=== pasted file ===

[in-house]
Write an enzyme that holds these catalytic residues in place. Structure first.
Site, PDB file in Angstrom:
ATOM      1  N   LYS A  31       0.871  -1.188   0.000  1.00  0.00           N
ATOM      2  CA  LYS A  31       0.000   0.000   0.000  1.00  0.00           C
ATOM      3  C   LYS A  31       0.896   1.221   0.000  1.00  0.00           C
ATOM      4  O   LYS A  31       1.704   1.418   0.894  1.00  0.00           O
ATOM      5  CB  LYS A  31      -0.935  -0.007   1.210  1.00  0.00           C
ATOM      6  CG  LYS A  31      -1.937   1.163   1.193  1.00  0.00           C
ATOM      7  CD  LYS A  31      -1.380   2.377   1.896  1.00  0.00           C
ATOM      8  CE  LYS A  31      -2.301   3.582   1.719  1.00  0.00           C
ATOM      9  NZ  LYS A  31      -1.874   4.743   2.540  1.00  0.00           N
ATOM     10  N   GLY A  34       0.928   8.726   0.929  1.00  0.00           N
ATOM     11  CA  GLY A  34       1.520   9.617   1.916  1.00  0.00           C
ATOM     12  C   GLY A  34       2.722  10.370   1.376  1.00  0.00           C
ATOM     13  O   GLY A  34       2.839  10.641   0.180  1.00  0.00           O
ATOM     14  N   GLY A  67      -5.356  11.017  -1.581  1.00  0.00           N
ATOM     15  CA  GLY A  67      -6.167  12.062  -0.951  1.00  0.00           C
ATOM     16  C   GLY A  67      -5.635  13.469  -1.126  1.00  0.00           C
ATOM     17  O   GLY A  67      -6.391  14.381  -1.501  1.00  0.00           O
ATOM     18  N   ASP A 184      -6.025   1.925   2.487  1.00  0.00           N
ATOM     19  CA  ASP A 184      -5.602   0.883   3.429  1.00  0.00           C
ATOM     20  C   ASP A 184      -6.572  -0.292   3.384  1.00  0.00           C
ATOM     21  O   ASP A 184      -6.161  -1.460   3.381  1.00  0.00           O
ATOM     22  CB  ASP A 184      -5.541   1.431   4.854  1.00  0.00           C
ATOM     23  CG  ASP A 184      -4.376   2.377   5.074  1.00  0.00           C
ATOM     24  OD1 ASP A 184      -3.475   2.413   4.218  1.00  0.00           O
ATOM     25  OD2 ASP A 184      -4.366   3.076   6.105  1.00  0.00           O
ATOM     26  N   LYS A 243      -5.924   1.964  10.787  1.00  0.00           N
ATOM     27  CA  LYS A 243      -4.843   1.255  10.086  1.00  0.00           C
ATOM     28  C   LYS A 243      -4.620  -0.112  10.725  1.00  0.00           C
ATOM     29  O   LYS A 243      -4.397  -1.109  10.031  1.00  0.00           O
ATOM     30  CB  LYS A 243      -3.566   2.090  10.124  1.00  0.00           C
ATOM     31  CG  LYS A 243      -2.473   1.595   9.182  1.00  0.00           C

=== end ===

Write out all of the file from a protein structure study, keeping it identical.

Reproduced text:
[in-house]
Write an enzyme that holds these catalytic residues in place. Structure first.
Site, PDB file in Angstrom:
ATOM      1  N   LYS A  31       0.871  -1.188   0.000  1.00  0.00           N
ATOM      2  CA  LYS A  31       0.000   0.000   0.000  1.00  0.00           C
ATOM      3  C   LYS A  31       0.896   1.221   0.000  1.00  0.00           C
ATOM      4  O   LYS A  31       1.704   1.418   0.894  1.00  0.00           O
ATOM      5  CB  LYS A  31      -0.935  -0.007   1.210  1.00  0.00           C
ATOM      6  CG  LYS A  31      -1.937   1.163   1.193  1.00  0.00           C
ATOM      7  CD  LYS A  31      -1.380   2.377   1.896  1.00  0.00           C
ATOM      8  CE  LYS A  31      -2.301   3.582   1.719  1.00  0.00           C
ATOM      9  NZ  LYS A  31      -1.874   4.743   2.540  1.00  0.00           N
ATOM     10  N   GLY A  34       0.928   8.726   0.929  1.00  0.00           N
ATOM     11  CA  GLY A  34       1.520   9.617   1.916  1.00  0.00           C
ATOM     12  C   GLY A  34       2.722  10.370   1.376  1.00  0.00           C
ATOM     13  O   GLY A  34       2.839  10.641   0.180  1.00  0.00           O
ATOM     14  N   GLY A  67      -5.356  11.017  -1.581  1.00  0.00           N
ATOM     15  CA  GLY A  67      -6.167  12.062  -0.951  1.00  0.00           C
ATOM     16  C   GLY A  67      -5.635  13.469  -1.126  1.00  0.00           C
ATOM     17  O   GLY A  67      -6.391  14.381  -1.501  1.00  0.00           O
ATOM     18  N   ASP A 184      -6.025   1.925   2.487  1.00  0.00           N
ATOM     19  CA  ASP A 184      -5.602   0.883   3.429  1.00  0.00           C
ATOM     20  C   ASP A 184      -6.572  -0.292   3.384  1.00  0.00           C
ATOM     21  O   ASP A 184      -6.161  -1.460   3.381  1.00  0.00           O
ATOM     22  CB  ASP A 184      -5.541   1.431   4.854  1.00  0.00           C
ATOM     23  CG  ASP A 184      -4.376   2.377   5.074  1.00  0.00           C
ATOM     24  OD1 ASP A 184      -3.475   2.413   4.218  1.00  0.00           O
ATOM     25  OD2 ASP A 184      -4.366   3.076   6.105  1.00  0.00           O
ATOM     26  N   LYS A 243      -5.924   1.964  10.787  1.00  0.00           N
ATOM     27  CA  LYS A 243      -4.843   1.255  10.086  1.00  0.00           C
ATOM     28  C   LYS A 243      -4.620  -0.112  10.725  1.00  0.00           C
ATOM     29  O   LYS A 243      -4.397  -1.109  10.031  1.00  0.00           O
ATOM     30  CB  LYS A 243      -3.566   2.090  10.124  1.00  0.00           C
ATOM     31  CG  LYS A 243      -2.473   1.595   9.182  1.00  0.00           C